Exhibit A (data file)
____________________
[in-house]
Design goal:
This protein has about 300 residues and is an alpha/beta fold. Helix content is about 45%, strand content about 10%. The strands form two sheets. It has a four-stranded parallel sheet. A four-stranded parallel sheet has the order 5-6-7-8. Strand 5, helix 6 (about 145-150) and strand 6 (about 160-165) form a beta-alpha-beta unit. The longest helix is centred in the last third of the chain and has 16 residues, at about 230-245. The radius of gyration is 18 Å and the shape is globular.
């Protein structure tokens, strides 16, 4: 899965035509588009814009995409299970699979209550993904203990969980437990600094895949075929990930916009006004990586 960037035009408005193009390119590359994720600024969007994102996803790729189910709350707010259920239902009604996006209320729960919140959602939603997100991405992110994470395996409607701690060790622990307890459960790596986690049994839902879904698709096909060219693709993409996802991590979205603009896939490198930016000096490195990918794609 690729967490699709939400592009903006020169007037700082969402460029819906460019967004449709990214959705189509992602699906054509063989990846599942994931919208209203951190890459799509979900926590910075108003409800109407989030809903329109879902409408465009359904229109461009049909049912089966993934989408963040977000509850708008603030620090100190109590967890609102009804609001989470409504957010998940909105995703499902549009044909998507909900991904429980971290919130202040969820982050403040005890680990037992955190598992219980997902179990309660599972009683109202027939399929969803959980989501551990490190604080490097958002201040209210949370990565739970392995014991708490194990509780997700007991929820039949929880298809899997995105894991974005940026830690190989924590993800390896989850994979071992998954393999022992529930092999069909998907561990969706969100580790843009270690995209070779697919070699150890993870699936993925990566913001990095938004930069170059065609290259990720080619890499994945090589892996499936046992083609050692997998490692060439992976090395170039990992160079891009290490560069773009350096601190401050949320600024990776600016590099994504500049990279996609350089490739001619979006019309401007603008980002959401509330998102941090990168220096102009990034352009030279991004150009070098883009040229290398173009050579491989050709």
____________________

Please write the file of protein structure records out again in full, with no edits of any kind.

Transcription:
[in-house]
Design goal:
This protein has about 300 residues and is an alpha/beta fold. Helix content is about 45%, strand content about 10%. The strands form two sheets. It has a four-stranded parallel sheet. A four-stranded parallel sheet has the order 5-6-7-8. Strand 5, helix 6 (about 145-150) and strand 6 (about 160-165) form a beta-alpha-beta unit. The longest helix is centred in the last third of the chain and has 16 residues, at about 230-245. The radius of gyration is 18 Å and the shape is globular.
């Protein structure tokens, strides 16, 4: 899965035509588009814009995409299970699979209550993904203990969980437990600094895949075929990930916009006004990586 960037035009408005193009390119590359994720600024969007994102996803790729189910709350707010259920239902009604996006209320729960919140959602939603997100991405992110994470395996409607701690060790622990307890459960790596986690049994839902879904698709096909060219693709993409996802991590979205603009896939490198930016000096490195990918794609 690729967490699709939400592009903006020169007037700082969402460029819906460019967004449709990214959705189509992602699906054509063989990846599942994931919208209203951190890459799509979900926590910075108003409800109407989030809903329109879902409408465009359904229109461009049909049912089966993934989408963040977000509850708008603030620090100190109590967890609102009804609001989470409504957010998940909105995703499902549009044909998507909900991904429980971290919130202040969820982050403040005890680990037992955190598992219980997902179990309660599972009683109202027939399929969803959980989501551990490190604080490097958002201040209210949370990565739970392995014991708490194990509780997700007991929820039949929880298809899997995105894991974005940026830690190989924590993800390896989850994979071992998954393999022992529930092999069909998907561990969706969100580790843009270690995209070779697919070699150890993870699936993925990566913001990095938004930069170059065609290259990720080619890499994945090589892996499936046992083609050692997998490692060439992976090395170039990992160079891009290490560069773009350096601190401050949320600024990776600016590099994504500049990279996609350089490739001619979006019309401007603008980002959401509330998102941090990168220096102009990034352009030279991004150009070098883009040229290398173009050579491989050709």